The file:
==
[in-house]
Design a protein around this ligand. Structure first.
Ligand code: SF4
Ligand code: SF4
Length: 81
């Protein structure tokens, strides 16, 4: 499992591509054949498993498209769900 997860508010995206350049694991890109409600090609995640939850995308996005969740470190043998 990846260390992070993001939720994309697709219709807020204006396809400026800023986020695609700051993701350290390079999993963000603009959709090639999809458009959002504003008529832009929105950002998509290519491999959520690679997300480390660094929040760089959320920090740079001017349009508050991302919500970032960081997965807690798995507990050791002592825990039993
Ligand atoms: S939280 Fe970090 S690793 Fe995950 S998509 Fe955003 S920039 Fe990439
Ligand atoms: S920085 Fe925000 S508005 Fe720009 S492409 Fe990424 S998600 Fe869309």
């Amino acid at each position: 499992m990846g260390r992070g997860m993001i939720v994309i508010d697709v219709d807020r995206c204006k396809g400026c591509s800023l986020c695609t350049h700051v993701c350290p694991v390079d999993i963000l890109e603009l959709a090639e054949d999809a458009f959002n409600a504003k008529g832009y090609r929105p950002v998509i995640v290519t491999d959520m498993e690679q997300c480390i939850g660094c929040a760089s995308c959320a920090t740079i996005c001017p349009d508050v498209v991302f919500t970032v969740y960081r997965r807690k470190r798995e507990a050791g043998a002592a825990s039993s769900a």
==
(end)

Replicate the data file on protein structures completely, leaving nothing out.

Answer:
[in-house]
Design a protein around this ligand. Structure first.
Ligand code: SF4
Ligand code: SF4
Length: 81
């Protein structure tokens, strides 16, 4: 499992591509054949498993498209769900 997860508010995206350049694991890109409600090609995640939850995308996005969740470190043998 990846260390992070993001939720994309697709219709807020204006396809400026800023986020695609700051993701350290390079999993963000603009959709090639999809458009959002504003008529832009929105950002998509290519491999959520690679997300480390660094929040760089959320920090740079001017349009508050991302919500970032960081997965807690798995507990050791002592825990039993
Ligand atoms: S939280 Fe970090 S690793 Fe995950 S998509 Fe955003 S920039 Fe990439
Ligand atoms: S920085 Fe925000 S508005 Fe720009 S492409 Fe990424 S998600 Fe869309």
């Amino acid at each position: 499992m990846g260390r992070g997860m993001i939720v994309i508010d697709v219709d807020r995206c204006k396809g400026c591509s800023l986020c695609t350049h700051v993701c350290p694991v390079d999993i963000l890109e603009l959709a090639e054949d999809a458009f959002n409600a504003k008529g832009y090609r929105p950002v998509i995640v290519t491999d959520m498993e690679q997300c480390i939850g660094c929040a760089s995308c959320a920090t740079i996005c001017p349009d508050v498209v991302f919500t970032v969740y960081r997965r807690k470190r798995e507990a050791g043998a002592a825990s039993s769900a």